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Volume of solid or revolution

  1. Feb 22, 2014 #1
    1. The problem statement, all variables and given/known data
    Find the volume of the solid of revolution obtained by rotating the area bounded by the curves about the line indicated.
    y=x2-2, y=0 about y=-1. Need only consider part above y=-1

    2. Relevant equations
    V=∏ab[f(x)]2dx


    3. The attempt at a solution
    I'm mainly unsure of my solution, as it gives me an answer but I feel that my bounds aren't selected properly.
    Roots: -√2 to √2
    V=∏-√2 √2[(x-1)2-(-1)2]dx
    I get an answer of 21.91 u3, but as I'm working in the negative y I feel like the y upper and y lower I've selected aren't correct as the parabola is not above the line. Should I integrate in terms of x instead?
     
  2. jcsd
  3. Feb 22, 2014 #2

    haruspex

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    Did you sketch the region? Looks to me like a horizontal cylinder, axis y=-1, with a dimple in the right hand end (positive x end). That means the bounds for y depend on x. Split the range of x into two integrals.
     
  4. Feb 22, 2014 #3

    LCKurtz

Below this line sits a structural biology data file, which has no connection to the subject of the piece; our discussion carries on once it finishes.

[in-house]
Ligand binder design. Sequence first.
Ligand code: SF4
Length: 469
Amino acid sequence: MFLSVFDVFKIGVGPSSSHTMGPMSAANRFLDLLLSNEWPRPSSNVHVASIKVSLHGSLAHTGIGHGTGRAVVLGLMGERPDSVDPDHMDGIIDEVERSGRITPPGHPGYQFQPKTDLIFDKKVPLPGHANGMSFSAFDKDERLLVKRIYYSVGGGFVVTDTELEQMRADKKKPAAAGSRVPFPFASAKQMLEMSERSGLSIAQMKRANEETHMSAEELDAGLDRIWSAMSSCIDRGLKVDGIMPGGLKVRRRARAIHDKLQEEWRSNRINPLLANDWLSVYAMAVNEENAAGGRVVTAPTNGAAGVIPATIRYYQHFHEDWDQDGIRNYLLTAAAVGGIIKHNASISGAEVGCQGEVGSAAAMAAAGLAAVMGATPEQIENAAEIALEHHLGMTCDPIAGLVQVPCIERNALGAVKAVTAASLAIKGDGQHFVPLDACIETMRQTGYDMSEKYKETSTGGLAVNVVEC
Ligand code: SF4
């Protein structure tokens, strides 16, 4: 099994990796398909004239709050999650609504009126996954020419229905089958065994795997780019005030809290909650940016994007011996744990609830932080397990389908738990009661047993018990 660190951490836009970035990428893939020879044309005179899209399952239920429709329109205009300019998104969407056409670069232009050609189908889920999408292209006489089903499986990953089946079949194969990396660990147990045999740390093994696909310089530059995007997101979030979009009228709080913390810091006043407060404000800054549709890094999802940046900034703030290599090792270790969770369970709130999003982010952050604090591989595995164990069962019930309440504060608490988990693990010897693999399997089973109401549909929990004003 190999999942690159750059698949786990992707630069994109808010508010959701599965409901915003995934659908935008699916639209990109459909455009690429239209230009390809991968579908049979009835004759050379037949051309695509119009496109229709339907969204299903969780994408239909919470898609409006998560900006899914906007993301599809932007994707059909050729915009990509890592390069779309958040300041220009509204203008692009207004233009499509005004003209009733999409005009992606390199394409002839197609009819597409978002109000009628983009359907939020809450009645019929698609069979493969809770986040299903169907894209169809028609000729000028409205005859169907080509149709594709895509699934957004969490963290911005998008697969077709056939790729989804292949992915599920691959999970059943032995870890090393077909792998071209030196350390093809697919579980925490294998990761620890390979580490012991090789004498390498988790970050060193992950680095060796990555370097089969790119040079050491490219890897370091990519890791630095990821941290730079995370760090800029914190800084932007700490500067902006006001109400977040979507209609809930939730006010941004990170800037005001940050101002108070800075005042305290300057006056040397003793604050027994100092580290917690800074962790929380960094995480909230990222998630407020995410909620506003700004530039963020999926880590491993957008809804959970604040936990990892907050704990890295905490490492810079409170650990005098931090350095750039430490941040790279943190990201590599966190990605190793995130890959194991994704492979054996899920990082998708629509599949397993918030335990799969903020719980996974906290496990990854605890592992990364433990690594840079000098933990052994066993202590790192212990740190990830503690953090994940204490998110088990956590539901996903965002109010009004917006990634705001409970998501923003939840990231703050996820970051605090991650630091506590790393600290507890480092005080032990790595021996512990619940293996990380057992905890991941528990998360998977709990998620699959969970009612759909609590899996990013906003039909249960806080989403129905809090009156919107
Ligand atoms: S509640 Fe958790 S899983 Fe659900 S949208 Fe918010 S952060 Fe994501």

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    Do you mean should you integrate in terms of y instead? I would say a ##dy## integral would be easier. Use shells. As Haruspex suggests, draw a picture if you haven't already.
     
  5. Feb 24, 2014 #4
    So, if integrating in terms of y, I would integrate x=sqrt(y+2) from -1 to 0?, So my final integral is pi (integral from -1 to 0) (sqrt(y+2))^2 dy?
     
  6. Feb 24, 2014 #5

    haruspex

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    No. This is the cylinder method. Each cylinder has length x, but what is its surface area?
     
  7. Feb 24, 2014 #6
    We didn't use terms like by shells and by cylinders in lecture so I'm trying to follow along, but since if I'm doing by cylinders would I then require the constant to be 2pi?
     
  8. Feb 24, 2014 #7

    haruspex

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    Yes, there's a 2π in there, but that's not the only error in your integral.
    Your cylindrical element has y=-1 as axis. It is dy thick. What are its length and circumference?
     
  9. Feb 25, 2014 #8
    It's radius is 1, so it's circumference is 2pi. It's length is 2x, so 2sqrt(y+2)?
     
  10. Feb 25, 2014 #9

    LCKurtz

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    That's right for the length of the ##dy## element. But it is at a variable y-coordinate ##y## and it is being rotated about ##y=-1## so its radius of rotation isn't ##1## and its circumference isn't ##2\pi##. It depends on ##y##.
     
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